Oops, I did it again, or something like that. Yup, this time last year I did my first ever triathlon and on Sunday I had another go at it. This time I had Edward’s company (and the little fella, who cheered us on alongside our friend Sally). Having a fellow triathlete in the house meant dealing with someone else’s stresses and niggles in the run up and only added to my own stresses and anxiety levels (I do sometimes wonder why I do these things). So off we went, with Hector saying: “It feels like we’re going on holiday” and met up with our friends down the road at Crystal Palace.
We all had different start times (you give an estimated swim time) and, at one point, it looked like Edward would be hotter on my heels than we had anticipated, but (thankfully) there was a delay and chips (timing chips, calm down) were being handed out then we were called in number order. This delay meant we got to sit in the viewing gallery with our ‘fans’ for a bit…and I got to build up my adrenaline a little bit further. You may remember that last year I didn’t particularly enjoy the swim and experienced panic as I took to the water. This year was going to be different. In training for my recent Swimathon, I have covered many kilometers, reaching my goal of 5k in one go, so this would be a doddle. But it wasn’t to be. I climbed down and straight away felt a sense of deja vu, my breath shortened, my chest tightened and my limbs felt weak, I was panicking again 😦 A length of heads-out breast-stroke, a tentative face-in-the-water, some more breast-stroke and a few stronger lengths of front crawl. By now the faster swimmers (Edward included) were coming up behind me, wanting to overtake. I felt a tap on my foot so moved aside at the wall to let someone through (an excuse for me to take some deep breaths). What was happening?! I felt so upset, after all my hard work. About half-way through the 750m swim, I stopped at one end and lifted my goggles off, I was going to get out. Looking around I saw Sally and Hector jump up, waving the Hilly Fields parkrun banner, I felt such a surge of support from them, I couldn’t let them down. On I went, slow and steady, I wouldn’t get anywhere near the time I know I can do, but I would make it and get on my bike for the next leg.
Of course, the bike was excellent fun, though I did notice that things feel a little different when you start a bit later…there seemed more evidence of bike knobs and some really aggressive and thoughtless riding (yes you, silly arse who undertook me on the chicane and had the nerve to have a go at me, you inconsiderate tw*t), it also felt more crowded than last year which meant you really needed your wits about you. This is a nine lap, 20km course with a sharp hill that slows everyone right down, a steady climb then some super speedy descents (with a tight bend at the bottom, cue me holding tightly to my brakes, wuss). During this leg I was overtaken by Edward and also Stephen, this messed with my head slightly – because everyone starts at different times, you lose a sense of where people are and how far they have left to go…these two were fast and were basically leaving me behind 😦 I didn’t see any of our other friends en route, but I smiled each lap as Sally and Hector leapt up and cheered for me, banner in the air. Somehow I managed to keep track of the nine laps (this is so hard! Many people employ various tricks such as tape on handle bars. I feel for those – some of our friends included – who mistakenly added a lap). Into transition and the wobbly legged run. Both transitions I ran in to the wrong section, I really wasn’t focussed, so had to duck under with my bike until I located my stuff! Quick faff and a fumble and off I went.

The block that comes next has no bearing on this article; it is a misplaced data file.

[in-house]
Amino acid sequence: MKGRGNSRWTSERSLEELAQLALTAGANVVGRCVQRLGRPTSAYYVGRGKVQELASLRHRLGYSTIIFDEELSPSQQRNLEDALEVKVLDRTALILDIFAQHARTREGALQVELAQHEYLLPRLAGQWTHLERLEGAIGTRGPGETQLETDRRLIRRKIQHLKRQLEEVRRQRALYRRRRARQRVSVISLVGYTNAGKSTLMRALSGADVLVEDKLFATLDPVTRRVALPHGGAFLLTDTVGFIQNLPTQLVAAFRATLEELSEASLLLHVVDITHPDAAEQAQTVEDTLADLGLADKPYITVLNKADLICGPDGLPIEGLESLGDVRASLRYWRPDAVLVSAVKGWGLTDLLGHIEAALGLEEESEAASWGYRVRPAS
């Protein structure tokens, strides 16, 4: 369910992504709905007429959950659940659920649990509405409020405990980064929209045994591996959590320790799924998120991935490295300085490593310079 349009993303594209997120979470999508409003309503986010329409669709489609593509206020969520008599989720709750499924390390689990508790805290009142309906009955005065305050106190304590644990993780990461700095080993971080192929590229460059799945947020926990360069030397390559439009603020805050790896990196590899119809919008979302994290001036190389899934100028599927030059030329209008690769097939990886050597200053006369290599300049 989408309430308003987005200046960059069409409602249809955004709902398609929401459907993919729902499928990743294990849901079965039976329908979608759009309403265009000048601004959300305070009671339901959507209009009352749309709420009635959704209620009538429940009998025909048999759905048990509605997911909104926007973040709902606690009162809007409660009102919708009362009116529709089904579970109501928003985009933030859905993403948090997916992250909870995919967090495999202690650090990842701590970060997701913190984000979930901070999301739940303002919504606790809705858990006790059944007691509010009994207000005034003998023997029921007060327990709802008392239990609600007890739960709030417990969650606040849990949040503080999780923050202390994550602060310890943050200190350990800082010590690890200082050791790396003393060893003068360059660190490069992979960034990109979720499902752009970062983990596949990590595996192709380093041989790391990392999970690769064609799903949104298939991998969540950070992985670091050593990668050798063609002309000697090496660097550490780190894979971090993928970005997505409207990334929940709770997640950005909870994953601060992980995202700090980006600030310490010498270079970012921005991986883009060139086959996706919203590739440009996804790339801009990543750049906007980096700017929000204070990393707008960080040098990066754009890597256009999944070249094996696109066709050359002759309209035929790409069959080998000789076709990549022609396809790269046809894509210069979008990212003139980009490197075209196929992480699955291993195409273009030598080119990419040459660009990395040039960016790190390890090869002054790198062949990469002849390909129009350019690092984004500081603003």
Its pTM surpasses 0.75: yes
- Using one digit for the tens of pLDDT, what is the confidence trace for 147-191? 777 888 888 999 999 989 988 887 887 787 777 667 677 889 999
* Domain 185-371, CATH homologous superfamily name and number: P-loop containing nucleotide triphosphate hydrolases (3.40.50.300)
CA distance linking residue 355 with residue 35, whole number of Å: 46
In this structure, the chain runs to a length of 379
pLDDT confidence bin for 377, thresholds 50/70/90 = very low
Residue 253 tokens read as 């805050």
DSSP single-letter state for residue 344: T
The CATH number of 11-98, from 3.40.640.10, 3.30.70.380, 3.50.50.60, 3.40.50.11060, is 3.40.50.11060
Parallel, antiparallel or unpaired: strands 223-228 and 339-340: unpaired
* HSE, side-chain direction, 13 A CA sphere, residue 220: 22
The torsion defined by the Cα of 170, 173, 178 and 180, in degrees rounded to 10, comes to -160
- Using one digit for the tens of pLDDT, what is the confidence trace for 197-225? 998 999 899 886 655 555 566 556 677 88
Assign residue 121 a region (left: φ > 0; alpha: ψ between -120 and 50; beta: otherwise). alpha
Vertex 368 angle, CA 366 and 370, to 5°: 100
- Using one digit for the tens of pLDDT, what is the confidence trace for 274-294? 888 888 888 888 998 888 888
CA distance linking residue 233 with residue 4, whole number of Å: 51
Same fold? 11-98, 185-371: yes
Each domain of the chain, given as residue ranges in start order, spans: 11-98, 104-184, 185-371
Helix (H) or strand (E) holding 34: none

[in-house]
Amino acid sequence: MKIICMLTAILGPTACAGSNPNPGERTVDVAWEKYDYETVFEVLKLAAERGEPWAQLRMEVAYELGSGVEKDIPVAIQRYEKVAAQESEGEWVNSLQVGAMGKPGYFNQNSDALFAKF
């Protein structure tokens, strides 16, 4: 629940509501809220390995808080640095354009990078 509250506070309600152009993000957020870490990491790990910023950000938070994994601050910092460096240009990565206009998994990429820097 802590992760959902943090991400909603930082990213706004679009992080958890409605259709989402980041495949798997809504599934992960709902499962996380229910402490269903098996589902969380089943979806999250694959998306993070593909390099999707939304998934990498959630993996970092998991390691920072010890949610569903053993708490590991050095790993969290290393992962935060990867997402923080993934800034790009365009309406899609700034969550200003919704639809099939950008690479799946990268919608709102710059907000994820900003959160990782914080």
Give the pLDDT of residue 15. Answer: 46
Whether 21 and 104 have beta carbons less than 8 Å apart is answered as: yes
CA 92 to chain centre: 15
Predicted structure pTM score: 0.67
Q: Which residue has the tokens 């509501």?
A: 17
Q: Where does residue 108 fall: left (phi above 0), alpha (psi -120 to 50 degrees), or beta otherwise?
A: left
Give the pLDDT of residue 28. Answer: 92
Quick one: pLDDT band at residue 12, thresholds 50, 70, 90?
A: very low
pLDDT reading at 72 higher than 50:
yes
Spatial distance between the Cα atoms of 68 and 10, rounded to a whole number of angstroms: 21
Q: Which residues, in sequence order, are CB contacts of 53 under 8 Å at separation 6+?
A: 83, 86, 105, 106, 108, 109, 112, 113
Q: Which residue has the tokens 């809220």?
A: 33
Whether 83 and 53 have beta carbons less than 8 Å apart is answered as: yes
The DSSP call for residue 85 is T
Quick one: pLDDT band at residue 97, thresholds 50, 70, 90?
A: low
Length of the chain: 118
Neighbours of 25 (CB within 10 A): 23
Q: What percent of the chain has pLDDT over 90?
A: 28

Numb toes. This is what I remember most about the run, my toes had gone numb during the ride. It sort of helped in that it distracted me from the challenge of running 5k after the other two exertions. Up the little hill I plodded, onto the humid grass section, around the tedious car-park bit and – weeeeeeee – down the hill…twice. It’s a relief to head left into the stadium on lap two, a brisk trot around the track, a cheer from Siggy: “You look strong!” (‘I don’t feel strong’) and a last little push to the finish line. Once I had composed myself I gave Hector an extra big hug and congratulated my friends, who had all done brilliantly – Edward smashed his first ever tri, with a time of 1:23 (on no training, jammy bugger), he does now appreciate just how hard it is, telling me that he thought he might vomit during the bike leg (no thought of slowing down though)! One of our parkrun friends, David, who is a regular triathlete even took to the podium as the winner in his category. Wow!
Comparing my times with last year, I can see that even with a disastrous swim, I improved on that section, took a whole minute longer on the bike and a similar time in the run. Transition has improved (though I really faffed about) and I achieved an overall PB. I can’t say I’m over the moon, the horrible swim experience spoilt it for me, and I really, really want to sort this out ahead of my open-water tri in September…any tips welcome! But Hector said to me afterwards: “You should just be proud that you did it Mum”. Wise words.